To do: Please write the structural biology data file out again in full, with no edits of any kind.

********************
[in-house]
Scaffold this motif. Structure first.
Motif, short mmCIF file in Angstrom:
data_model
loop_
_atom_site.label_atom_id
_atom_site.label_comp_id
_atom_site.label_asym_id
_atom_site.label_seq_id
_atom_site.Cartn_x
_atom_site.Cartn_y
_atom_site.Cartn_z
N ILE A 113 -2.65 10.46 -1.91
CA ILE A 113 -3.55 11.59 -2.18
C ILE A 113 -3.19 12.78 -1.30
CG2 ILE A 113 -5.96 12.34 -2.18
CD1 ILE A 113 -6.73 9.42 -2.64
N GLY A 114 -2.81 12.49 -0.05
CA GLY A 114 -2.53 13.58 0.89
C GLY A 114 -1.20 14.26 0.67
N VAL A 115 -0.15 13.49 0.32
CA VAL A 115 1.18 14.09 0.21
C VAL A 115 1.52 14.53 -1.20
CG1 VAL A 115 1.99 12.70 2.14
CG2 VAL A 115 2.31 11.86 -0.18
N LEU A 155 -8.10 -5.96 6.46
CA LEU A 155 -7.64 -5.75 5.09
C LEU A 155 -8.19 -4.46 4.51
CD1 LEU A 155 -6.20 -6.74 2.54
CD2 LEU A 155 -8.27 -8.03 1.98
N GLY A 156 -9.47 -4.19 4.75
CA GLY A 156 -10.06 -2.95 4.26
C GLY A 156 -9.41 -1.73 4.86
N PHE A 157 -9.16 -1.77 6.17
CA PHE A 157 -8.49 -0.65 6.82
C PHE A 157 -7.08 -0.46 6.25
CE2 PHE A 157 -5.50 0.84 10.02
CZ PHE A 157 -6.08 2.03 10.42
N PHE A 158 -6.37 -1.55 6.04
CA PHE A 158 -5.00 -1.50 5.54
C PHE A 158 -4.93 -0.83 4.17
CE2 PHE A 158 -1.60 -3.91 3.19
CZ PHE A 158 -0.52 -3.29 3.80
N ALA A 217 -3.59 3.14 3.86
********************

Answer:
[in-house]
Scaffold this motif. Structure first.
Motif, short mmCIF file in Angstrom:
data_model
loop_
_atom_site.label_atom_id
_atom_site.label_comp_id
_atom_site.label_asym_id
_atom_site.label_seq_id
_atom_site.Cartn_x
_atom_site.Cartn_y
_atom_site.Cartn_z
N ILE A 113 -2.65 10.46 -1.91
CA ILE A 113 -3.55 11.59 -2.18
C ILE A 113 -3.19 12.78 -1.30
CG2 ILE A 113 -5.96 12.34 -2.18
CD1 ILE A 113 -6.73 9.42 -2.64
N GLY A 114 -2.81 12.49 -0.05
CA GLY A 114 -2.53 13.58 0.89
C GLY A 114 -1.20 14.26 0.67
N VAL A 115 -0.15 13.49 0.32
CA VAL A 115 1.18 14.09 0.21
C VAL A 115 1.52 14.53 -1.20
CG1 VAL A 115 1.99 12.70 2.14
CG2 VAL A 115 2.31 11.86 -0.18
N LEU A 155 -8.10 -5.96 6.46
CA LEU A 155 -7.64 -5.75 5.09
C LEU A 155 -8.19 -4.46 4.51
CD1 LEU A 155 -6.20 -6.74 2.54
CD2 LEU A 155 -8.27 -8.03 1.98
N GLY A 156 -9.47 -4.19 4.75
CA GLY A 156 -10.06 -2.95 4.26
C GLY A 156 -9.41 -1.73 4.86
N PHE A 157 -9.16 -1.77 6.17
CA PHE A 157 -8.49 -0.65 6.82
C PHE A 157 -7.08 -0.46 6.25
CE2 PHE A 157 -5.50 0.84 10.02
CZ PHE A 157 -6.08 2.03 10.42
N PHE A 158 -6.37 -1.55 6.04
CA PHE A 158 -5.00 -1.50 5.54
C PHE A 158 -4.93 -0.83 4.17
CE2 PHE A 158 -1.60 -3.91 3.19
CZ PHE A 158 -0.52 -3.29 3.80
N ALA A 217 -3.59 3.14 3.86